Surprises, adjustments all part of summer research
One by one, Saint Michael’s College mentored summer research students stood by their tables in Alliot Hall Tuesday to describe their challenges, surprises, adjustments and early outcomes from more than a month of wide-ranging work.
Nearly an hour later when they were done, Karen Talentino, vice president for academic affairs and a sponsor through her office of these periodic meals together with mentors, administrators and staff, said this year’s projects “may span the greatest breadth of disciplines and topics that we’ve ever had here.”
The gathering was one of three such each year designed to track progress on summer research in a mutually supportive group environment. A brunch in June allowed students to introduce their projects and what they hoped to accomplish. Now, Talentino said to start, it was time to practice a one-minute “elevator speech” on what it has all meant to them and how their work has gone, since coming presentations and conversations with different constituencies will require that ability.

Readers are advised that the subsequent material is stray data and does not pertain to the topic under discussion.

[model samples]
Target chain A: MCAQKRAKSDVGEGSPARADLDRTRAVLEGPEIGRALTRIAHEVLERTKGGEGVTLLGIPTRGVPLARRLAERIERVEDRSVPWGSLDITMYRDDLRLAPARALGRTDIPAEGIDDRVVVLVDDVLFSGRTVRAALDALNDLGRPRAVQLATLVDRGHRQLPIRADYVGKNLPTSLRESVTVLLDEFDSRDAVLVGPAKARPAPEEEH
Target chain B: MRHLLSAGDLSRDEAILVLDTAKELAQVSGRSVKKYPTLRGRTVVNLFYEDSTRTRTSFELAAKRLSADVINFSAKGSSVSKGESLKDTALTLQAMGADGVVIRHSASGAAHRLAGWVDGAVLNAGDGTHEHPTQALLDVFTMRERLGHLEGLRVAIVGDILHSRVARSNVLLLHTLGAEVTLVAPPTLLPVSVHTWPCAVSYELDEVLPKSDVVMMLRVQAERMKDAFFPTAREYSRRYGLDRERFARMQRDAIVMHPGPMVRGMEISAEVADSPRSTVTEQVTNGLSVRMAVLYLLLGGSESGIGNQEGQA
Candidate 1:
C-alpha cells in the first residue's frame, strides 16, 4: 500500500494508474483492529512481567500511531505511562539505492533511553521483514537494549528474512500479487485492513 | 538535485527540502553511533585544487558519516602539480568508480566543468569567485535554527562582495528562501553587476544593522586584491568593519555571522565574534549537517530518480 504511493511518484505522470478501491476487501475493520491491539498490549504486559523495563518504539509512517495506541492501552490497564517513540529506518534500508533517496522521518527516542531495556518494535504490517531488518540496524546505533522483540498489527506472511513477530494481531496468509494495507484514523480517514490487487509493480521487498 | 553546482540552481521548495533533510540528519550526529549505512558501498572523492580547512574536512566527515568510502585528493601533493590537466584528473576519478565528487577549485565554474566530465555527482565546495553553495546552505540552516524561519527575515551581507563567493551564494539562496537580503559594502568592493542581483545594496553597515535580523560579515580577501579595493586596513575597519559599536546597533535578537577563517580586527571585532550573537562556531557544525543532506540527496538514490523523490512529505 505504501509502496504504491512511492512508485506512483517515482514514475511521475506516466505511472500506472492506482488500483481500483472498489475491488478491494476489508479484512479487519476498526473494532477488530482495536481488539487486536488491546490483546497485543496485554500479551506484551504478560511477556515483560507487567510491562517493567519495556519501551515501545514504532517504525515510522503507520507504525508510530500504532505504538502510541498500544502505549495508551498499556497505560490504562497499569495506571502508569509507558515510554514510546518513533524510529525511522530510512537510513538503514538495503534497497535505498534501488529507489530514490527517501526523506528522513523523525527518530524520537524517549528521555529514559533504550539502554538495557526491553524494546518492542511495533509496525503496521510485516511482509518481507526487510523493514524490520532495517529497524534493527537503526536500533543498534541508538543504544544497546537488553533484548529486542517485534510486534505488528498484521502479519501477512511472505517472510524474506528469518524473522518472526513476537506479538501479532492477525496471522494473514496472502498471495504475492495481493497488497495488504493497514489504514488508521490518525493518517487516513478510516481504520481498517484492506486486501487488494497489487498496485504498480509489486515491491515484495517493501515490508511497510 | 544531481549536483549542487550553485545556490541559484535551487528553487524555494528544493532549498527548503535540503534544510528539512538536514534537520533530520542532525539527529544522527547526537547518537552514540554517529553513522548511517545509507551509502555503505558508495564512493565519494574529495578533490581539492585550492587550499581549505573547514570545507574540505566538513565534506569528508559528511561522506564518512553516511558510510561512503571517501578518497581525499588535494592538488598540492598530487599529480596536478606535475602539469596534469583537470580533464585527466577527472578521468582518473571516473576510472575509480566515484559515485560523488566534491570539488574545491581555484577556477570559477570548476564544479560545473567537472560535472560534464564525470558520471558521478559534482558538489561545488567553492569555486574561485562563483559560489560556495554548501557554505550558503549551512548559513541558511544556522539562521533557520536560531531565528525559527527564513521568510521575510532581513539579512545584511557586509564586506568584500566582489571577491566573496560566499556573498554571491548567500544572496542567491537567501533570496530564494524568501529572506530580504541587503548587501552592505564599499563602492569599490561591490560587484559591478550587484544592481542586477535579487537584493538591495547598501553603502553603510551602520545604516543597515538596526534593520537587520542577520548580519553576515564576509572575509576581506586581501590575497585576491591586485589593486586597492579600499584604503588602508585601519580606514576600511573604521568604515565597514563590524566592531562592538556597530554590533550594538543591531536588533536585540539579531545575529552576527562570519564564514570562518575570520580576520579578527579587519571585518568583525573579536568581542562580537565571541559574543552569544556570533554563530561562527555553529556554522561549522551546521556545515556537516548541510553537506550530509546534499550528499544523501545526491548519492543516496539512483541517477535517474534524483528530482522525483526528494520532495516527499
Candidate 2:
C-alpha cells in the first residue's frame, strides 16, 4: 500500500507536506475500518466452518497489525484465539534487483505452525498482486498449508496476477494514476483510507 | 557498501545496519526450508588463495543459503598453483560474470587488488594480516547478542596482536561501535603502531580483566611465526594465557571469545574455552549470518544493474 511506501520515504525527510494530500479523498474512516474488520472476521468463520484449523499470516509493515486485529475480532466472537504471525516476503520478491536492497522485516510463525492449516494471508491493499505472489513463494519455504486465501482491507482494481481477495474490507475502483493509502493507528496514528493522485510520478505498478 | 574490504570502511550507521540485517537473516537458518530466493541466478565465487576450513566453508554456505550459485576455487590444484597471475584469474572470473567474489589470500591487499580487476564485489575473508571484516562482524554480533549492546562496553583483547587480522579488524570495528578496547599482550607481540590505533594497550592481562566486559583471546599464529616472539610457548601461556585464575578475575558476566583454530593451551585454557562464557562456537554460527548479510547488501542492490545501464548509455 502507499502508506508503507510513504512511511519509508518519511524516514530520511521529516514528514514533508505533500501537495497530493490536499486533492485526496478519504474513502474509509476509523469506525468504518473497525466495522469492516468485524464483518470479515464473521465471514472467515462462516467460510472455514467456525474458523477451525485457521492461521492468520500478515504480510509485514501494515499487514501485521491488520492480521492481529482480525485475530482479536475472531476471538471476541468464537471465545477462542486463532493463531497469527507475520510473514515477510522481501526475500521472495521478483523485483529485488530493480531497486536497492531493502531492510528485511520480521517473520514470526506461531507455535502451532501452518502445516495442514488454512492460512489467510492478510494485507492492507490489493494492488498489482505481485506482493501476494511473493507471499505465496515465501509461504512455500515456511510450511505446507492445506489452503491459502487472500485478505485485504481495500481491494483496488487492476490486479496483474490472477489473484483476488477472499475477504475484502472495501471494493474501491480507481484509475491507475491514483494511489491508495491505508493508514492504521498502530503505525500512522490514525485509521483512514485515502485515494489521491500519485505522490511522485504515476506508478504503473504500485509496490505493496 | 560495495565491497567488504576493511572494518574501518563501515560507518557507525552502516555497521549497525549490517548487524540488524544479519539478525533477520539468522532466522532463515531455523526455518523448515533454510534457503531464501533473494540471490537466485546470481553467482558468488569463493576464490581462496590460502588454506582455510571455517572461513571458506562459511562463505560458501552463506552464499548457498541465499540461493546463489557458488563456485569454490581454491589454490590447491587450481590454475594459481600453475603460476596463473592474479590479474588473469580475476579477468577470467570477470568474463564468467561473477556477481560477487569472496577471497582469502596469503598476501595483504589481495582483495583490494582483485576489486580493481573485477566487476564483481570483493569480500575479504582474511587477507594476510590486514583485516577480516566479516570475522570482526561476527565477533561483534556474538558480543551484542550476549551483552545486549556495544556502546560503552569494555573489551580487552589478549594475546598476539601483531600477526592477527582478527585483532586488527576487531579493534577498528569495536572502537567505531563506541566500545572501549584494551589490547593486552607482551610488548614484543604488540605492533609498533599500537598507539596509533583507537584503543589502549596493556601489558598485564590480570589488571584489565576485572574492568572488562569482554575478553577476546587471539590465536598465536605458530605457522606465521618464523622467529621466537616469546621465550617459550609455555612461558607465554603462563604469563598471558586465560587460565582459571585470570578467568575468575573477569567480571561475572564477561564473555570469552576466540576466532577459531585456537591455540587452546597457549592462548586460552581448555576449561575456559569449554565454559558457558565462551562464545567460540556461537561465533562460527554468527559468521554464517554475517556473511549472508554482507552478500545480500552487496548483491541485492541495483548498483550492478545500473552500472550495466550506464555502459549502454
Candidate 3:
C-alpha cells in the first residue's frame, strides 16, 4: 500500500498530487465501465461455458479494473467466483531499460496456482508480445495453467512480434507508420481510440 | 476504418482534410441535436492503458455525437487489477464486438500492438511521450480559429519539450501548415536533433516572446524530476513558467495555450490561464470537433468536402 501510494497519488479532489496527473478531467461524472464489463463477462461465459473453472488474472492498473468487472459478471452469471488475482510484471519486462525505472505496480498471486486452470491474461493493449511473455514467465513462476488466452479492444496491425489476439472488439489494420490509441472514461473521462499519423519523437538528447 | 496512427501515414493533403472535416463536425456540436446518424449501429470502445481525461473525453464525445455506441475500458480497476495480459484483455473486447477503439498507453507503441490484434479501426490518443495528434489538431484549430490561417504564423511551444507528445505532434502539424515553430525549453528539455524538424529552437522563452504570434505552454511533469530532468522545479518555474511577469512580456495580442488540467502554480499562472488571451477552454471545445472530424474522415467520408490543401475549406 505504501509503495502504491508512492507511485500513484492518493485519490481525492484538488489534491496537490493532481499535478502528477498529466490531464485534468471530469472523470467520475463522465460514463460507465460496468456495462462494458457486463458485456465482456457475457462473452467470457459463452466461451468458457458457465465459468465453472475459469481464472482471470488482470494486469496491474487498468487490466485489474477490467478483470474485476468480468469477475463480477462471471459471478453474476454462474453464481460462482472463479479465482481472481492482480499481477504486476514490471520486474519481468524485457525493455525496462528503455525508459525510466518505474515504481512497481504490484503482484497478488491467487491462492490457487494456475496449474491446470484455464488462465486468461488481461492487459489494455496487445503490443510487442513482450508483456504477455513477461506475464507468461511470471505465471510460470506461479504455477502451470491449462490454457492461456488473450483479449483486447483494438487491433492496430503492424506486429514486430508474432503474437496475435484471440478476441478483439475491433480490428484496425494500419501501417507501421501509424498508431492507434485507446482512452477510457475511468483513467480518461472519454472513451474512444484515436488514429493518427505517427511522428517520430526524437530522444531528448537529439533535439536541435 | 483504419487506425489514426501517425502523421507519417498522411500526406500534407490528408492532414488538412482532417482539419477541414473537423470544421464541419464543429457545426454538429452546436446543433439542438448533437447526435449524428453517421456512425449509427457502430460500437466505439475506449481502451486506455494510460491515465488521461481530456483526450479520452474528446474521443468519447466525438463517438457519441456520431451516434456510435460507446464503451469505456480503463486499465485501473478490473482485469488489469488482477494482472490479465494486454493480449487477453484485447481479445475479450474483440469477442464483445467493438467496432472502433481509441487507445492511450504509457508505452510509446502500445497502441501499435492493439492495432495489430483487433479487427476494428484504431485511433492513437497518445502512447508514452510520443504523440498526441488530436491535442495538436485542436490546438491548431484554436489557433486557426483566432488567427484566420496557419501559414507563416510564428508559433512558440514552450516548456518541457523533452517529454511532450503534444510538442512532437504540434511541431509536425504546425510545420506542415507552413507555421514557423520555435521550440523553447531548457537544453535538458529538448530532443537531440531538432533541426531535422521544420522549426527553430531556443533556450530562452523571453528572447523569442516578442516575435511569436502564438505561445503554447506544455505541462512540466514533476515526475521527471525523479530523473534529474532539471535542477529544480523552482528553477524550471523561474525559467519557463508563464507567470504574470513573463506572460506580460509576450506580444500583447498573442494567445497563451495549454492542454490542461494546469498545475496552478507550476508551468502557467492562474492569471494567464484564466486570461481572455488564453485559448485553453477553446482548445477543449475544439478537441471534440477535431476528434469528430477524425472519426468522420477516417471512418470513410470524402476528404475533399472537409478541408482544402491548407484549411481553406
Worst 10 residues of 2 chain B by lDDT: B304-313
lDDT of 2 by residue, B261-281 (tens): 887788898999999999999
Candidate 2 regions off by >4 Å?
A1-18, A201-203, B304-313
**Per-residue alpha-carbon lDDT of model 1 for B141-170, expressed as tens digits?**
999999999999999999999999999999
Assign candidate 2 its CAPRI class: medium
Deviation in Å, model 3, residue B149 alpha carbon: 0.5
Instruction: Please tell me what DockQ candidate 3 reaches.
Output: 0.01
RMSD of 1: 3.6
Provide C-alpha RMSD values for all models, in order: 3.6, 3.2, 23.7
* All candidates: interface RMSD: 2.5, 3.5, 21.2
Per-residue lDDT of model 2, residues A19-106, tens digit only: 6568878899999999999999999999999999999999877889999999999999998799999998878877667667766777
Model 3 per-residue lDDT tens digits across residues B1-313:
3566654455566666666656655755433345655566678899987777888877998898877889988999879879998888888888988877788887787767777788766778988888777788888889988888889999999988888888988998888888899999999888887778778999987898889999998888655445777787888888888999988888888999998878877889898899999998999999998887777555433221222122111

As ever over more than a decade of these research-lunch reports, not everything has been turning out as planned — which is all part of the learning experience, Talentino reminded. Some of the student reports:
Jade Jarvis ’19 of Derby, VT said she and her research partner Alyssa Valentyn ’19 of Medford, MA, both working with Declan McCabe of biology, are still in the late stages of collecting full data before they can reach meaningful conclusions on the effects of human presence on richness and abundance of various animal species in wooded and non-wooded areas. They’ve seen slight differences which, if they increase, might allow them to reach more meaningful conclusions on the effects of human presence, she said.
From the next table to share, student-scientists including Jessica Tidd (Olympic Valley, CA; mentor Mark Lubkowitz, biology) reported on research into the transfer of sugars in corn, which might affect biofuels, or stronger roots for stronger crops in dryer climates – and, while she reported no major surprises, the work is going well and she is seeing the potential practical application of the work more clearly, Tidd told Talentino under questioning from the VPAA.